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Rothschild's future put on hold for now


© St. Petersburg Times, published September 3, 2000

ST. PETERSBURG -- It was around this time last year that general manager Chuck LaMar rewarded manager Larry Rothschild with a one-year contract extension that carries him through the 2001 season.

That, apparently, isn't going to happen this year.

LaMar said he plans to wait until after the season to review the entire major-league staff, a practice not uncommon around the majors.

That doesn't necessarily mean LaMar is going to fire Rothschild, it doesn't necessarily mean he is going to give him another extension, and it doesn't necessarily mean he is going to bring him back in the precarious position of being a lame-duck manager.

It just means LaMar wants to include the entire season -- the start, the struggles, the successes, the finish -- in his evaluation.

"The true criteria I used the first two years, and will continue to use this year, are, No. 1, have they gotten the most out of the talent they have been given? and, No. 2, have the young players continued to develop under their leadership?" LaMar said.

He will take into account how the Rays got nothing out of their top two pitchers (Wilson Alvarez and Juan Guzman) and limited production from their supposedly big sluggers (Vinny Castilla, Greg Vaughn and the since-departed Jose Canseco) because of injuries.

He will figure in the effect of the trades, which tore apart one of the league's top bullpens (dispatching Jim Mecir, Rick White, Mark Guthrie) and took some punch, and some pizzazz, from the lineup ( Canseco, Bubba Trammell).

And he will factor in how the Rays have righted themselves after their horrible start, going 43-42 since May 31, essentially playing up to the .500-or-so level that LaMar forecast during the winter with all the key players contributing.

There could, of course, be other issues to be considered. What other managers (Lou Piniella? Felipe Alou?) are available? What does, um, opinionated owner Vince Naimoli want to do? Do the current players like playing for Rothschild? Will the Rays have a veteran team over the next several seasons or a squad of up-and-coming youngsters?

Rothschild, quite frankly, doesn't like talking about his job status. He said he "didn't expect" a September contract extension this year, and that he isn't spending his time concerned about the situation.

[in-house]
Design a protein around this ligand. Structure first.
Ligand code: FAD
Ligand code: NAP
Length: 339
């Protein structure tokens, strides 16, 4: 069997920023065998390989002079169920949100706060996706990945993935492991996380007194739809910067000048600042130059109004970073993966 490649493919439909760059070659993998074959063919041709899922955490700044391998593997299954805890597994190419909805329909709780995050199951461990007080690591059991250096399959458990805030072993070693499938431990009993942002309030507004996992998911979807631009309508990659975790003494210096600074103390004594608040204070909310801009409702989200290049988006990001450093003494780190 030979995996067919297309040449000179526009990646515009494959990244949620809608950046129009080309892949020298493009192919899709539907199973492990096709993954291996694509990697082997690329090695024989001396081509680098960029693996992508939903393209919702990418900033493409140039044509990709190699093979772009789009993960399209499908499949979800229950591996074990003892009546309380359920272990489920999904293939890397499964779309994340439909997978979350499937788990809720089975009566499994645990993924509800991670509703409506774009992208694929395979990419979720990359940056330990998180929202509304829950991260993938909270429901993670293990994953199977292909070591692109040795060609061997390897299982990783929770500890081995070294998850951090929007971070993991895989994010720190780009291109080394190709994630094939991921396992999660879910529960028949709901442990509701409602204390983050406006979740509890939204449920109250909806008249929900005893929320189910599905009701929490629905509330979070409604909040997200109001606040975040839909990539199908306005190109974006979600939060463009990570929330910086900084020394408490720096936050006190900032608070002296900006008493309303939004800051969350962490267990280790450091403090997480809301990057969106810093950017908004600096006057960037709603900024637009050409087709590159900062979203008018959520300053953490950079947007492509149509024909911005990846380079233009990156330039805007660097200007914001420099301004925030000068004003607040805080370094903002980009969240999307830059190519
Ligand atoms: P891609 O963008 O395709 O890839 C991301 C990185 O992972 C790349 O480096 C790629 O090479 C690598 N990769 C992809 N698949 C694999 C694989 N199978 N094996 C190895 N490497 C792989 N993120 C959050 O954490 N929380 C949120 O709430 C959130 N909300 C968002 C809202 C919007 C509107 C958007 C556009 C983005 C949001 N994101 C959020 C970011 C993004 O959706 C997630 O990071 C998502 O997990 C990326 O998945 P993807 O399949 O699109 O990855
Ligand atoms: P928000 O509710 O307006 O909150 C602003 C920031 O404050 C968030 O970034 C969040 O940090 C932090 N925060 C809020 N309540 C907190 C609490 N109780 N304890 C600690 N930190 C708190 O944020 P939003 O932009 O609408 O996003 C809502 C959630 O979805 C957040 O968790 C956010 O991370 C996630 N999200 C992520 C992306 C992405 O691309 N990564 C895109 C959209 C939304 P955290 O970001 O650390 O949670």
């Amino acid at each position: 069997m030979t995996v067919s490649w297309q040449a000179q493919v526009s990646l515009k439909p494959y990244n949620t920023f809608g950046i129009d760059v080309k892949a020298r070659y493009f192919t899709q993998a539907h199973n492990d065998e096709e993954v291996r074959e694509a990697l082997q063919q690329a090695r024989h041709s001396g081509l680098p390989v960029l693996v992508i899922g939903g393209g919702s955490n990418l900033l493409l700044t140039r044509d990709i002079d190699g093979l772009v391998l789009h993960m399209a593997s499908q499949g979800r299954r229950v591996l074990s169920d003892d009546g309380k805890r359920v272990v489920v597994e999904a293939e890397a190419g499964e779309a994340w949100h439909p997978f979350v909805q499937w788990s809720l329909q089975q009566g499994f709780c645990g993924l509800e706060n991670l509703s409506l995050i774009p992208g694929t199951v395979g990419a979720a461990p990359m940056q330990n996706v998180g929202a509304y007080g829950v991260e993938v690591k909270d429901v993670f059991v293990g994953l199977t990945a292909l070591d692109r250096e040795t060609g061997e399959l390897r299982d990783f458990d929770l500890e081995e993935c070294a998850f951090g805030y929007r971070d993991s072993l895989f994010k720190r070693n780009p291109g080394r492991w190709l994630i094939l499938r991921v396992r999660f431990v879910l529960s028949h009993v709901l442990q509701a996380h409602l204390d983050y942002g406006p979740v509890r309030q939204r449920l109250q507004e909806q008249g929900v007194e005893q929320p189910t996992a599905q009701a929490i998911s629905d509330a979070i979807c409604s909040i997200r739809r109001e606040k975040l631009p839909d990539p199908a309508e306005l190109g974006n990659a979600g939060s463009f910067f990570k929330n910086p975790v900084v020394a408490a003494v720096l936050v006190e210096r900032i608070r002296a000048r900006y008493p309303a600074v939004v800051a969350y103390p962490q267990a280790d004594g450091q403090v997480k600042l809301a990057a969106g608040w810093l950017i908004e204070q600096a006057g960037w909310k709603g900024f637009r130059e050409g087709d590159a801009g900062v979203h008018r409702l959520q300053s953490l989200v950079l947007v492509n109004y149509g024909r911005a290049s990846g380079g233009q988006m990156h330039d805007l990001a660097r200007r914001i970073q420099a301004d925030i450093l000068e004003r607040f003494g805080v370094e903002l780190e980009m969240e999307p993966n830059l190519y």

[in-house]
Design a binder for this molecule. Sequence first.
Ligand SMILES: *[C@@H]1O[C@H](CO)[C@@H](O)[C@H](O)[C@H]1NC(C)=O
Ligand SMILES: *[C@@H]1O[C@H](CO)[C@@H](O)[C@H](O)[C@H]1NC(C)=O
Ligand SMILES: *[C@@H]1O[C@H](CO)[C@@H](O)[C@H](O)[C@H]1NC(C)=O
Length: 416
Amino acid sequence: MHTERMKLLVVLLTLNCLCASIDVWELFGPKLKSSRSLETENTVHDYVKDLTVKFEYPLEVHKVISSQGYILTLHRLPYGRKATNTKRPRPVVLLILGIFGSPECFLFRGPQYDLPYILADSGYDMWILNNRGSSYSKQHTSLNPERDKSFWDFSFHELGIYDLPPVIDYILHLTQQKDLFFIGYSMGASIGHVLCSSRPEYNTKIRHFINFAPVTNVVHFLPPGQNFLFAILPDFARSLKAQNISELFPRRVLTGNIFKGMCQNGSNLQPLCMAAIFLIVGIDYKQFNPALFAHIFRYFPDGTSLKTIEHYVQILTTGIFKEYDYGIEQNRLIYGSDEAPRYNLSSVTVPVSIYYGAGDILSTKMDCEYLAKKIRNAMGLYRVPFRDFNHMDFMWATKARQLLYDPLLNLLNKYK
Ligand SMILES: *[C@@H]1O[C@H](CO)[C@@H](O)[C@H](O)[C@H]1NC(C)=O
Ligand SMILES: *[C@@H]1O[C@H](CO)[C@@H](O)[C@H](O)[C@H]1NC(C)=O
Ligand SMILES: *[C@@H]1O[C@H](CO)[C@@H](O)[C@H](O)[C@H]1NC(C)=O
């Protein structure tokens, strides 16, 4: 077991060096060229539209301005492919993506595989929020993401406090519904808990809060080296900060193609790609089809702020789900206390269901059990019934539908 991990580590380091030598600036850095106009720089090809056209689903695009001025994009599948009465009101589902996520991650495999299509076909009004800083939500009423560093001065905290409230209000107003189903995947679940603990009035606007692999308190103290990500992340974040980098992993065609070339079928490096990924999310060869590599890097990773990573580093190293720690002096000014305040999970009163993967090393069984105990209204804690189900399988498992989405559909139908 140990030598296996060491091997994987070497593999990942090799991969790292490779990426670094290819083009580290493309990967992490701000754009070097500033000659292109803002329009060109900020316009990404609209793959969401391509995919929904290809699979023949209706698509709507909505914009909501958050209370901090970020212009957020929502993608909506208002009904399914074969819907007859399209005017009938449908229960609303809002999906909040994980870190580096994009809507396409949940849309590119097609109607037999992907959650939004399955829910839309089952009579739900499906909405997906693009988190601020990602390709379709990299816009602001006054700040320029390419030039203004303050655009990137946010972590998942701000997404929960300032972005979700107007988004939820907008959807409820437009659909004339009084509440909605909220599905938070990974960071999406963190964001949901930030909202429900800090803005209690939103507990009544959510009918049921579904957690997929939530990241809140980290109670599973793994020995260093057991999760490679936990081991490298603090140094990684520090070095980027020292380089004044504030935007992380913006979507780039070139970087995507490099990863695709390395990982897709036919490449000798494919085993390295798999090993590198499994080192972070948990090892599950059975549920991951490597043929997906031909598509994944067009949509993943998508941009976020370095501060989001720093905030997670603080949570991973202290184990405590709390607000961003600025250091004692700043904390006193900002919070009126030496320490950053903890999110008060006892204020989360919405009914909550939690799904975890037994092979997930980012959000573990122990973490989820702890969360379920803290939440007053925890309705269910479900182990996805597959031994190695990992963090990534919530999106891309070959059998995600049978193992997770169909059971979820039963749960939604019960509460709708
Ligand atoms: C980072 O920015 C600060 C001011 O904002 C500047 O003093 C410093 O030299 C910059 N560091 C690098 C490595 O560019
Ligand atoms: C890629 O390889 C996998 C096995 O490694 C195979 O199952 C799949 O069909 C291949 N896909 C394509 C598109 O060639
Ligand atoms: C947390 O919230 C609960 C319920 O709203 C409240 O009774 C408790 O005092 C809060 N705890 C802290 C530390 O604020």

"I haven't thought about it," Rothschild said. "I don't worry about that. My mind is on us finishing up the season strong."

And when they're done, LaMar will sit down and make a decision.

"At the end of September, if I feel Larry and his staff have gotten the most out of the players they've been given and that the young players have continued to improve," LaMar said, "I will continue to come to the same conclusion I did after the first and second years, that Larry is the right man for the job."

SAUNDERS SITUATION: Tony Saunders, whose career ended last month with a broken arm, will receive the rest of his $400,000 salary from the Rays this season. But after that Saunders will essentially have to work for a living.

While team officials have promised him a spot in the organization, they are under no obligation to pay him past this season. There are no provisions for disability pay from the union either.

Saunders was not drafted out of high school and thus doesn't have a large signing bonus socked away. He has played parts of four seasons in the majors, earning about $1-million total in salary.

ARMS RACE: Alvarez looks good, having lost about 15 pounds, and says his left arm and shoulder, repaired in June surgery, are feeling good. He is hoping to be cleared soon to start throwing. "I'm getting antsy," he said. "He's worked hard," Rothschild said, "and it makes you feel good that he can come back and get through all the arm problems, which have really plagued him since he's been here, and maybe get back to pitching the way he was his last healthy year."

WEB DADDY: Ted Fleming, the occasionally fanatical fan who organized the 142 crew fan section and the Trammell cheering section, is being hassled by Major League Baseball for issues related to his Web site.

MLB lawyers want him to "cease and desist" using the Rays logo and to turn over rights to the domain name Fleming, whose pointed column often makes for an interesting read, is trying to fight back. The Rays, by the way, say they have nothing to do with the matter, that all Web site issues are handled by the commissioner's office.

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